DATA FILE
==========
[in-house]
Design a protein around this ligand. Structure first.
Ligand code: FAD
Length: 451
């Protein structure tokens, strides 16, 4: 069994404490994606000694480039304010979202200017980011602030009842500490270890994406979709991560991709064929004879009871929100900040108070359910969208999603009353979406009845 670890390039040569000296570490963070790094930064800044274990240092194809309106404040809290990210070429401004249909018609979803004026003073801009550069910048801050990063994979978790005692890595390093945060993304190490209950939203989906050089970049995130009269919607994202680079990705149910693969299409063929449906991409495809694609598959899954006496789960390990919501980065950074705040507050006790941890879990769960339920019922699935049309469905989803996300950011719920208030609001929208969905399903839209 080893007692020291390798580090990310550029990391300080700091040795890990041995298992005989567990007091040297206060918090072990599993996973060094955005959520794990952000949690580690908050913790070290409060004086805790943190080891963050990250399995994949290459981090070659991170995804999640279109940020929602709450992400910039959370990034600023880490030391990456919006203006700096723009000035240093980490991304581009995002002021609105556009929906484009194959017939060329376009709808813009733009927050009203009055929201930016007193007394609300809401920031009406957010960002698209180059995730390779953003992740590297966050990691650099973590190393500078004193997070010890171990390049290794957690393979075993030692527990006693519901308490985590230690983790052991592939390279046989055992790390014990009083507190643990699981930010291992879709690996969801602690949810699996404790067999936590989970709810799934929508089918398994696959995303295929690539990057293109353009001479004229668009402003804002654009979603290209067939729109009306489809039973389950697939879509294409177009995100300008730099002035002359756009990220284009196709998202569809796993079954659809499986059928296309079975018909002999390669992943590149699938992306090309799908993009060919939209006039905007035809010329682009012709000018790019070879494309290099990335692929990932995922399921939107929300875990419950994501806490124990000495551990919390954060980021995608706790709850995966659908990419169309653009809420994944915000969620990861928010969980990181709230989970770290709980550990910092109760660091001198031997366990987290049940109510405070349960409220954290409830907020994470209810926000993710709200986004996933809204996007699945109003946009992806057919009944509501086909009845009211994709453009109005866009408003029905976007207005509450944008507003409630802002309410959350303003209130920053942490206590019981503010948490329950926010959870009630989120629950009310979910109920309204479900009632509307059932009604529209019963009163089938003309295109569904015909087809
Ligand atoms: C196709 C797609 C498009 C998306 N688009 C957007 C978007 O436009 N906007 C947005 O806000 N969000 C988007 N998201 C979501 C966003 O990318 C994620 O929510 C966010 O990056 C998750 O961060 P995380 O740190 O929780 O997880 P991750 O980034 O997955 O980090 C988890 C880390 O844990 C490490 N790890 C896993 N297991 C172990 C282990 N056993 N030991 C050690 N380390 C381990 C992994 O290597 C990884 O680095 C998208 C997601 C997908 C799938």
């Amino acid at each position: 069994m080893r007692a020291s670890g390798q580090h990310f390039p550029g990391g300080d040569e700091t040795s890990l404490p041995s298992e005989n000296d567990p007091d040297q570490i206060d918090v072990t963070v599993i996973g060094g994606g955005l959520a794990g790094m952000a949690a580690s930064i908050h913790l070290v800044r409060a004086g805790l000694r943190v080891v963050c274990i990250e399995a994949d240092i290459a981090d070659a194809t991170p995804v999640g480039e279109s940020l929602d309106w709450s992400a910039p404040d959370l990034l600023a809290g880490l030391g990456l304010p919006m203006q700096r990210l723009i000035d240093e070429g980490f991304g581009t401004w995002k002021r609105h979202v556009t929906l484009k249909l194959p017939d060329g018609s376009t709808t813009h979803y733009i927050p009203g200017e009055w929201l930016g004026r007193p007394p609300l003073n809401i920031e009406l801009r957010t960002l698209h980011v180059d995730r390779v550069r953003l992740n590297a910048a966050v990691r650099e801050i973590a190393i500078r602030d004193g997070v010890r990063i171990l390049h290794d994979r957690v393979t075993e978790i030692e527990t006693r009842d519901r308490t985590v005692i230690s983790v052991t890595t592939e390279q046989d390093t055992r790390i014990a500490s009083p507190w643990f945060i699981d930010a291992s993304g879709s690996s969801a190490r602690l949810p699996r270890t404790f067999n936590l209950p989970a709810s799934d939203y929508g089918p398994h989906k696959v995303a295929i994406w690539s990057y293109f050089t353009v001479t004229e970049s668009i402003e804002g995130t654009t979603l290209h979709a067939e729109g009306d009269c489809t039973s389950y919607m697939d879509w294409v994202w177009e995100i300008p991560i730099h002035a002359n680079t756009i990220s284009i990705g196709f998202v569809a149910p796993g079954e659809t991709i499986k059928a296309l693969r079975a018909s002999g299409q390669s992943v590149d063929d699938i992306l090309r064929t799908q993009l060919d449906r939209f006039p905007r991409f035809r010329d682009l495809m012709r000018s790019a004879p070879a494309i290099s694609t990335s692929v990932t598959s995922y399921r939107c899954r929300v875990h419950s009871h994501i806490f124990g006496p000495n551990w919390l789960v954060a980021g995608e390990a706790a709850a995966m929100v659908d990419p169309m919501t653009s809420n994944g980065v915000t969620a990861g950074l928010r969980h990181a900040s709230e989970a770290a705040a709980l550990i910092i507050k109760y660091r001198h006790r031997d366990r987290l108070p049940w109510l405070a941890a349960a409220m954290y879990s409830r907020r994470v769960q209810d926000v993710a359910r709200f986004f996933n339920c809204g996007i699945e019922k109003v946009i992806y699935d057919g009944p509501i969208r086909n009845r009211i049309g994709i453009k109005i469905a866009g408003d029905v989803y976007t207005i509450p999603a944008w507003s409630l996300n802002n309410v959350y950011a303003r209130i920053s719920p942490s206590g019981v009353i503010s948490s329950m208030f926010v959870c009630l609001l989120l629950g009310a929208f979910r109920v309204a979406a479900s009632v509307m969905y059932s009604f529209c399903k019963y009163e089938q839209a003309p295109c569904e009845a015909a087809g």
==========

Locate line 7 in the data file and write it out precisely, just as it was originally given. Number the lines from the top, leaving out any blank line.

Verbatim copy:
């Amino acid at each position: 069994m080893r007692a020291s670890g390798q580090h990310f390039p550029g990391g300080d040569e700091t040795s890990l404490p041995s298992e005989n000296d567990p007091d040297q570490i206060d918090v072990t963070v599993i996973g060094g994606g955005l959520a794990g790094m952000a949690a580690s930064i908050h913790l070290v800044r409060a004086g805790l000694r943190v080891v963050c274990i990250e399995a994949d240092i290459a981090d070659a194809t991170p995804v999640g480039e279109s940020l929602d309106w709450s992400a910039p404040d959370l990034l600023a809290g880490l030391g990456l304010p919006m203006q700096r990210l723009i000035d240093e070429g980490f991304g581009t401004w995002k002021r609105h979202v556009t929906l484009k249909l194959p017939d060329g018609s376009t709808t813009h979803y733009i927050p009203g200017e009055w929201l930016g004026r007193p007394p609300l003073n809401i920031e009406l801009r957010t960002l698209h980011v180059d995730r390779v550069r953003l992740n590297a910048a966050v990691r650099e801050i973590a190393i500078r602030d004193g997070v010890r990063i171990l390049h290794d994979r957690v393979t075993e978790i030692e527990t006693r009842d519901r308490t985590v005692i230690s983790v052991t890595t592939e390279q046989d390093t055992r790390i014990a500490s009083p507190w643990f945060i699981d930010a291992s993304g879709s690996s969801a190490r602690l949810p699996r270890t404790f067999n936590l209950p989970a709810s799934d939203y929508g089918p398994h989906k696959v995303a295929i994406w690539s990057y293109f050089t353009v001479t004229e970049s668009i402003e804002g995130t654009t979603l290209h979709a067939e729109g009306d009269c489809t039973s389950y919607m697939d879509w294409v994202w177009e995100i300008p991560i730099h002035a002359n680079t756009i990220s284009i990705g196709f998202v569809a149910p796993g079954e659809t991709i499986k059928a296309l693969r079975a018909s002999g299409q390669s992943v590149d063929d699938i992306l090309r064929t799908q993009l060919d449906r939209f006039p905007r991409f035809r010329d682009l495809m012709r000018s790019a004879p070879a494309i290099s694609t990335s692929v990932t598959s995922y399921r939107c899954r929300v875990h419950s009871h994501i806490f124990g006496p000495n551990w919390l789960v954060a980021g995608e390990a706790a709850a995966m929100v659908d990419p169309m919501t653009s809420n994944g980065v915000t969620a990861g950074l928010r969980h990181a900040s709230e989970a770290a705040a709980l550990i910092i507050k109760y660091r001198h006790r031997d366990r987290l108070p049940w109510l405070a941890a349960a409220m954290y879990s409830r907020r994470v769960q209810d926000v993710a359910r709200f986004f996933n339920c809204g996007i699945e019922k109003v946009i992806y699935d057919g009944p509501i969208r086909n009845r009211i049309g994709i453009k109005i469905a866009g408003d029905v989803y976007t207005i509450p999603a944008w507003s409630l996300n802002n309410v959350y950011a303003r209130i920053s719920p942490s206590g019981v009353i503010s948490s329950m208030f926010v959870c009630l609001l989120l629950g009310a929208f979910r109920v309204a979406a479900s009632v509307m969905y059932s009604f529209c399903k019963y009163e089938q839209a003309p295109c569904e009845a015909a087809g």